Paul Keating has accused the Morrison government of kneecapping compulsory superannuation to fund the recovery and painted opponents of the super guarantee increase as “baby-faced Liberals”.
Mr Keating slammed the early super release scheme, saying the government should have provided public support “from the get-go” rather than force people to dig into their retirement savings.
“Of the income support in Australia in this COVID emergency, $32 billion has been found and paid for by the most vulnerable, lowest-paid people in the country – that’s the people who have taken $20,000 out – and $30 billion has been provided by the Commonwealth under JobSeeker and JobKeeper,” Mr Keating told media.
“Instead of JobKeeper and JobSeeker carrying the main burden of income support from the get-go, what we’re finding is that the main burden of income support is people ratting their own savings, to the tune where now 600,000 broadly young people under 35 have no superannuation accounts at all.”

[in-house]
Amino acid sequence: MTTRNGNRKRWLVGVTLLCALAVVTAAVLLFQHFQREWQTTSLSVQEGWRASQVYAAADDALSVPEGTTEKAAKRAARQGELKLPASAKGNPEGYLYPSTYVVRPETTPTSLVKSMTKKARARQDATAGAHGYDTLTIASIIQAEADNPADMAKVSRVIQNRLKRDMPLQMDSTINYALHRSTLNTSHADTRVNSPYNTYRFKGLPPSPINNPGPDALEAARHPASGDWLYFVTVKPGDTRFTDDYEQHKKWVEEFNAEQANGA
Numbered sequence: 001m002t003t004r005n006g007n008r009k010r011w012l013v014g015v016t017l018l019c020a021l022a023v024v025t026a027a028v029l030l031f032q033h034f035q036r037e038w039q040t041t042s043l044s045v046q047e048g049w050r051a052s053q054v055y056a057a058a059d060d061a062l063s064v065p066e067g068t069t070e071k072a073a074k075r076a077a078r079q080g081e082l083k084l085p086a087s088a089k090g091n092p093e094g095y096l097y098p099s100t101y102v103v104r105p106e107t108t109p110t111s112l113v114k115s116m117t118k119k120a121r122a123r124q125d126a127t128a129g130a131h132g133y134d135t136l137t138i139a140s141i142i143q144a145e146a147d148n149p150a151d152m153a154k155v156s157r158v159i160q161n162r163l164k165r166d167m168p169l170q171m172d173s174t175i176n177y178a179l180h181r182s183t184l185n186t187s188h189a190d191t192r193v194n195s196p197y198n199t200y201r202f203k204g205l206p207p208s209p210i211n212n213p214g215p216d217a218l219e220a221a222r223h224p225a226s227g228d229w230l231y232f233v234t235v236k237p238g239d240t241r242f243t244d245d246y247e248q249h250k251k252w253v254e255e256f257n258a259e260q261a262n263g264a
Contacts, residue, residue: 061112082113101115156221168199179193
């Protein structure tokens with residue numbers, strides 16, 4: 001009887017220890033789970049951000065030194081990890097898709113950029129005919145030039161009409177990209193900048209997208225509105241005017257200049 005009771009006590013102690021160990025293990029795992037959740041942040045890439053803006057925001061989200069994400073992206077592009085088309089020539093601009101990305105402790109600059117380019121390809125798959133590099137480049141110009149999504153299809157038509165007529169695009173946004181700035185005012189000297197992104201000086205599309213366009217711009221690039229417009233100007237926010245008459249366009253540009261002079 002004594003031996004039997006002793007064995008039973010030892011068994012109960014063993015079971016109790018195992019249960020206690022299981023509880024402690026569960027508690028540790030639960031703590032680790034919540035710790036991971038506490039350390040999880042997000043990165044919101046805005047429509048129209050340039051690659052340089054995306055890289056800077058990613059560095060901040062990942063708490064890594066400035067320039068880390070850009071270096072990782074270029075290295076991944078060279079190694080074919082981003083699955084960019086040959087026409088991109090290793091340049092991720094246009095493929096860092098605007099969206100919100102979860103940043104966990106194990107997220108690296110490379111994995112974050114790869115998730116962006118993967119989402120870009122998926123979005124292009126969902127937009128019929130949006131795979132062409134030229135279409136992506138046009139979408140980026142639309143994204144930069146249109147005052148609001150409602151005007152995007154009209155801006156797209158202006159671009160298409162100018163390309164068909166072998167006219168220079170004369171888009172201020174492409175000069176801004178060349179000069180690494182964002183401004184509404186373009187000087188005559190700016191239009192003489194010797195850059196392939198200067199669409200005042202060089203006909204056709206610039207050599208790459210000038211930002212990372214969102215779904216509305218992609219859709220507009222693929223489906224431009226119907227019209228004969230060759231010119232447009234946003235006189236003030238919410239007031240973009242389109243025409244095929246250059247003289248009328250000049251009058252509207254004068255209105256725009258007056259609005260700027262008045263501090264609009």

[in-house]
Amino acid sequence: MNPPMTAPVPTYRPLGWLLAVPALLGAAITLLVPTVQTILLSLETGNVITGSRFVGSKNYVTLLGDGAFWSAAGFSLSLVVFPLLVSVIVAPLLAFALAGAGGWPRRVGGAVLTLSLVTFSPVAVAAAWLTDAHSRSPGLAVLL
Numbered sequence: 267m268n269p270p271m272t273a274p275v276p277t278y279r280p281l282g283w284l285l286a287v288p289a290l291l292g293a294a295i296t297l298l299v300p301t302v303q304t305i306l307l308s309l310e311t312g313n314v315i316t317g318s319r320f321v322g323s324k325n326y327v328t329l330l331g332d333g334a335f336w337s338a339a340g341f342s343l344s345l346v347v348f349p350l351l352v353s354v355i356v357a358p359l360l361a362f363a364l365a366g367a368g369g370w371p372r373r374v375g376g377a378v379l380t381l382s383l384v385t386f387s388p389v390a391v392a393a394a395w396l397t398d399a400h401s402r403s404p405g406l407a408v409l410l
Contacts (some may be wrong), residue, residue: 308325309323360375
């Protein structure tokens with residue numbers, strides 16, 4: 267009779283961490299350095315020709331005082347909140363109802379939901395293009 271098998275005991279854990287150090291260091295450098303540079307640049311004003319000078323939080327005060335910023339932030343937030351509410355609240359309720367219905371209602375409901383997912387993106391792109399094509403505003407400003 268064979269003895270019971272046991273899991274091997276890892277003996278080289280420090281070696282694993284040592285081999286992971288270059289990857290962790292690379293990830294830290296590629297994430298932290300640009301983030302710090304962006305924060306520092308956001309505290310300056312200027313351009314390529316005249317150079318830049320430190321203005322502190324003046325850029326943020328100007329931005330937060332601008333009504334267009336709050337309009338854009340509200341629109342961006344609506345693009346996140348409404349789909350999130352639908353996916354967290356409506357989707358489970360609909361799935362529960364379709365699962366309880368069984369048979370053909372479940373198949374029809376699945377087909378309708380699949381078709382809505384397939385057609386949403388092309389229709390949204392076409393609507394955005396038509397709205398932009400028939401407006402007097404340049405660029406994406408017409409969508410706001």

Mr Keating, an architect of Australia’s compulsory superannuation system, savaged arguments in favour of the early release scheme – primarily the insistence of Prime Minister Scott Morrison and Treasurer Josh Frydenberg that people should be able to withdraw and use their super as they please.
“If it was always their own money to use as they please, there would never be any superannuation,” Mr Keating said. “The government [has] said, ‘It’s their money’ but they haven’t finished the sentence. It’s their money, accumulated under very concessional tax arrangements, for one purpose: a retirement income.”
Mr Keating also blasted a group of Liberal MPs who have been calling for a freeze in the increase of the superannuation guarantee to 12 per cent, saying an “active, dynamic” superannuation pool would boost the recovery and that the legislated increase was so small that “in the blink of an eye you’d miss it”.
“There’s no economic case for it not to go ahead,” Mr Keating said. “None. There’s a prejudicial case from some of these baby-faced Liberals… these first-term senators are a particularly modest form of political life.
“The argument for 12 (per cent) is a very basic argument about adequacy.”
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